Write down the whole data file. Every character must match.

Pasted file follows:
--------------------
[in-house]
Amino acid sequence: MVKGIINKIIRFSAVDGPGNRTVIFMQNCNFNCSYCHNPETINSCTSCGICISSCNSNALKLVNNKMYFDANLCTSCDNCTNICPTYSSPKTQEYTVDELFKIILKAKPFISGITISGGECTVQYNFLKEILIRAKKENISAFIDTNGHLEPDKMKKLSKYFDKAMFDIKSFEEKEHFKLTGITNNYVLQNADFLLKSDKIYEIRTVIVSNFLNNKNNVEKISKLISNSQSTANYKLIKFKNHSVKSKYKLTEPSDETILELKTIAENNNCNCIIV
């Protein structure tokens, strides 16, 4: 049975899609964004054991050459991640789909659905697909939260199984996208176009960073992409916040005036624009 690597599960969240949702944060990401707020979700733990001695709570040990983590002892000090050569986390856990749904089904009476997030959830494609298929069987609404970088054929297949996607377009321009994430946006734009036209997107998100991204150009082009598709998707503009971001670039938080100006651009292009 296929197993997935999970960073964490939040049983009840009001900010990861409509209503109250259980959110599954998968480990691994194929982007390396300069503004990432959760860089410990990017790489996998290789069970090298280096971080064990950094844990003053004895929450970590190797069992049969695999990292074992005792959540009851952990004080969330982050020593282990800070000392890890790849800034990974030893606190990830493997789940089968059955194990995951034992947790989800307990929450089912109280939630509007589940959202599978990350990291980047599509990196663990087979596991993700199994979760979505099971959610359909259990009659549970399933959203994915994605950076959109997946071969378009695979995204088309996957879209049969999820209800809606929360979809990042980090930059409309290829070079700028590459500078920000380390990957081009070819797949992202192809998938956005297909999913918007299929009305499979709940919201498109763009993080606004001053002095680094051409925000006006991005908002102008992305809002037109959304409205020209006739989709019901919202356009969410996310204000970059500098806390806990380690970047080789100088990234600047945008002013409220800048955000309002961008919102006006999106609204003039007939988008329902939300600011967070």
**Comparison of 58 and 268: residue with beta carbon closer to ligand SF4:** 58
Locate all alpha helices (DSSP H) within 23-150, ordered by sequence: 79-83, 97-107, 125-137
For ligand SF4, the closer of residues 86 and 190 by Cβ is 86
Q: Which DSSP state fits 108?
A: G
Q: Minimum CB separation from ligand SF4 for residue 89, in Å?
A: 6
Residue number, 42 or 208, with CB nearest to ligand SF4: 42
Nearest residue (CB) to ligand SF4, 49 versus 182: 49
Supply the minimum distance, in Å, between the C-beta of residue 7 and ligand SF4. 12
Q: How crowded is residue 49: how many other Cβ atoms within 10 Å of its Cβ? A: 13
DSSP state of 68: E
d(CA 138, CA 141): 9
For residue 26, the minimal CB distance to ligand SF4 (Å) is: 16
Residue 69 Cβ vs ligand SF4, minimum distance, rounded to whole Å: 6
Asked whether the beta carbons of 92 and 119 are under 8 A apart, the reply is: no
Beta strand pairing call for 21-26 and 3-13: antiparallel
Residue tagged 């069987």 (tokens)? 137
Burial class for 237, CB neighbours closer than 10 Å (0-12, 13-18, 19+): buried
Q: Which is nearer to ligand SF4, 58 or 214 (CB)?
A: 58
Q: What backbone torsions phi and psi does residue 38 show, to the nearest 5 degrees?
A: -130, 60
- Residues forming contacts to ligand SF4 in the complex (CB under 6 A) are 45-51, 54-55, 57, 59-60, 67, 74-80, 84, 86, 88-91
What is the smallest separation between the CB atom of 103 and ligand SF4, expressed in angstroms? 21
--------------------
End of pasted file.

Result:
[in-house]
Amino acid sequence: MVKGIINKIIRFSAVDGPGNRTVIFMQNCNFNCSYCHNPETINSCTSCGICISSCNSNALKLVNNKMYFDANLCTSCDNCTNICPTYSSPKTQEYTVDELFKIILKAKPFISGITISGGECTVQYNFLKEILIRAKKENISAFIDTNGHLEPDKMKKLSKYFDKAMFDIKSFEEKEHFKLTGITNNYVLQNADFLLKSDKIYEIRTVIVSNFLNNKNNVEKISKLISNSQSTANYKLIKFKNHSVKSKYKLTEPSDETILELKTIAENNNCNCIIV
């Protein structure tokens, strides 16, 4: 049975899609964004054991050459991640789909659905697909939260199984996208176009960073992409916040005036624009 690597599960969240949702944060990401707020979700733990001695709570040990983590002892000090050569986390856990749904089904009476997030959830494609298929069987609404970088054929297949996607377009321009994430946006734009036209997107998100991204150009082009598709998707503009971001670039938080100006651009292009 296929197993997935999970960073964490939040049983009840009001900010990861409509209503109250259980959110599954998968480990691994194929982007390396300069503004990432959760860089410990990017790489996998290789069970090298280096971080064990950094844990003053004895929450970590190797069992049969695999990292074992005792959540009851952990004080969330982050020593282990800070000392890890790849800034990974030893606190990830493997789940089968059955194990995951034992947790989800307990929450089912109280939630509007589940959202599978990350990291980047599509990196663990087979596991993700199994979760979505099971959610359909259990009659549970399933959203994915994605950076959109997946071969378009695979995204088309996957879209049969999820209800809606929360979809990042980090930059409309290829070079700028590459500078920000380390990957081009070819797949992202192809998938956005297909999913918007299929009305499979709940919201498109763009993080606004001053002095680094051409925000006006991005908002102008992305809002037109959304409205020209006739989709019901919202356009969410996310204000970059500098806390806990380690970047080789100088990234600047945008002013409220800048955000309002961008919102006006999106609204003039007939988008329902939300600011967070």
**Comparison of 58 and 268: residue with beta carbon closer to ligand SF4:** 58
Locate all alpha helices (DSSP H) within 23-150, ordered by sequence: 79-83, 97-107, 125-137
For ligand SF4, the closer of residues 86 and 190 by Cβ is 86
Q: Which DSSP state fits 108?
A: G
Q: Minimum CB separation from ligand SF4 for residue 89, in Å?
A: 6
Residue number, 42 or 208, with CB nearest to ligand SF4: 42
Nearest residue (CB) to ligand SF4, 49 versus 182: 49
Supply the minimum distance, in Å, between the C-beta of residue 7 and ligand SF4. 12
Q: How crowded is residue 49: how many other Cβ atoms within 10 Å of its Cβ? A: 13
DSSP state of 68: E
d(CA 138, CA 141): 9
For residue 26, the minimal CB distance to ligand SF4 (Å) is: 16
Residue 69 Cβ vs ligand SF4, minimum distance, rounded to whole Å: 6
Asked whether the beta carbons of 92 and 119 are under 8 A apart, the reply is: no
Beta strand pairing call for 21-26 and 3-13: antiparallel
Residue tagged 């069987």 (tokens)? 137
Burial class for 237, CB neighbours closer than 10 Å (0-12, 13-18, 19+): buried
Q: Which is nearer to ligand SF4, 58 or 214 (CB)?
A: 58
Q: What backbone torsions phi and psi does residue 38 show, to the nearest 5 degrees?
A: -130, 60
- Residues forming contacts to ligand SF4 in the complex (CB under 6 A) are 45-51, 54-55, 57, 59-60, 67, 74-80, 84, 86, 88-91
What is the smallest separation between the CB atom of 103 and ligand SF4, expressed in angstroms? 21